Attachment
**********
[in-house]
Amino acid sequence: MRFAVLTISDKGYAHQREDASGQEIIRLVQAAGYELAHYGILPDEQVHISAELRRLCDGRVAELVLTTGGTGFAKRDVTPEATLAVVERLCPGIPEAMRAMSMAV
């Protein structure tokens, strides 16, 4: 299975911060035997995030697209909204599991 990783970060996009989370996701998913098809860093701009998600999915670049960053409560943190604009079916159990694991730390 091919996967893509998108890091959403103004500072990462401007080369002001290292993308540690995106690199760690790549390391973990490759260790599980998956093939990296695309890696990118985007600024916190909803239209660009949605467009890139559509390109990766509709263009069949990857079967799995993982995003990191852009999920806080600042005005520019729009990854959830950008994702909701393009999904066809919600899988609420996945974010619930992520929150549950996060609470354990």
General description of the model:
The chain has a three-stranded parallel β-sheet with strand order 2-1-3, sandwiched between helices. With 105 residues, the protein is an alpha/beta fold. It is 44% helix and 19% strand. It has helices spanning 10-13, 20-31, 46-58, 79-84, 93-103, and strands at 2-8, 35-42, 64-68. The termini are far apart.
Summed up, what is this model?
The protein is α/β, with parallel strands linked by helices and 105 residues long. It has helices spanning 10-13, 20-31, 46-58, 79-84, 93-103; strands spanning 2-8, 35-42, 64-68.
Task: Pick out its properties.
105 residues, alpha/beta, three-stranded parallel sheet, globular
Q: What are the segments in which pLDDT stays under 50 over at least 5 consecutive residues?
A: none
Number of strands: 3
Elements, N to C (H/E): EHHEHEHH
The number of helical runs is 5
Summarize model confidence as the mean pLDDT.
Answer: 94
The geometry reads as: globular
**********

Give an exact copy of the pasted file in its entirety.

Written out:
[in-house]
Amino acid sequence: MRFAVLTISDKGYAHQREDASGQEIIRLVQAAGYELAHYGILPDEQVHISAELRRLCDGRVAELVLTTGGTGFAKRDVTPEATLAVVERLCPGIPEAMRAMSMAV
């Protein structure tokens, strides 16, 4: 299975911060035997995030697209909204599991 990783970060996009989370996701998913098809860093701009998600999915670049960053409560943190604009079916159990694991730390 091919996967893509998108890091959403103004500072990462401007080369002001290292993308540690995106690199760690790549390391973990490759260790599980998956093939990296695309890696990118985007600024916190909803239209660009949605467009890139559509390109990766509709263009069949990857079967799995993982995003990191852009999920806080600042005005520019729009990854959830950008994702909701393009999904066809919600899988609420996945974010619930992520929150549950996060609470354990």
General description of the model:
The chain has a three-stranded parallel β-sheet with strand order 2-1-3, sandwiched between helices. With 105 residues, the protein is an alpha/beta fold. It is 44% helix and 19% strand. It has helices spanning 10-13, 20-31, 46-58, 79-84, 93-103, and strands at 2-8, 35-42, 64-68. The termini are far apart.
Summed up, what is this model?
The protein is α/β, with parallel strands linked by helices and 105 residues long. It has helices spanning 10-13, 20-31, 46-58, 79-84, 93-103; strands spanning 2-8, 35-42, 64-68.
Task: Pick out its properties.
105 residues, alpha/beta, three-stranded parallel sheet, globular
Q: What are the segments in which pLDDT stays under 50 over at least 5 consecutive residues?
A: none
Number of strands: 3
Elements, N to C (H/E): EHHEHEHH
The number of helical runs is 5
Summarize model confidence as the mean pLDDT.
Answer: 94
The geometry reads as: globular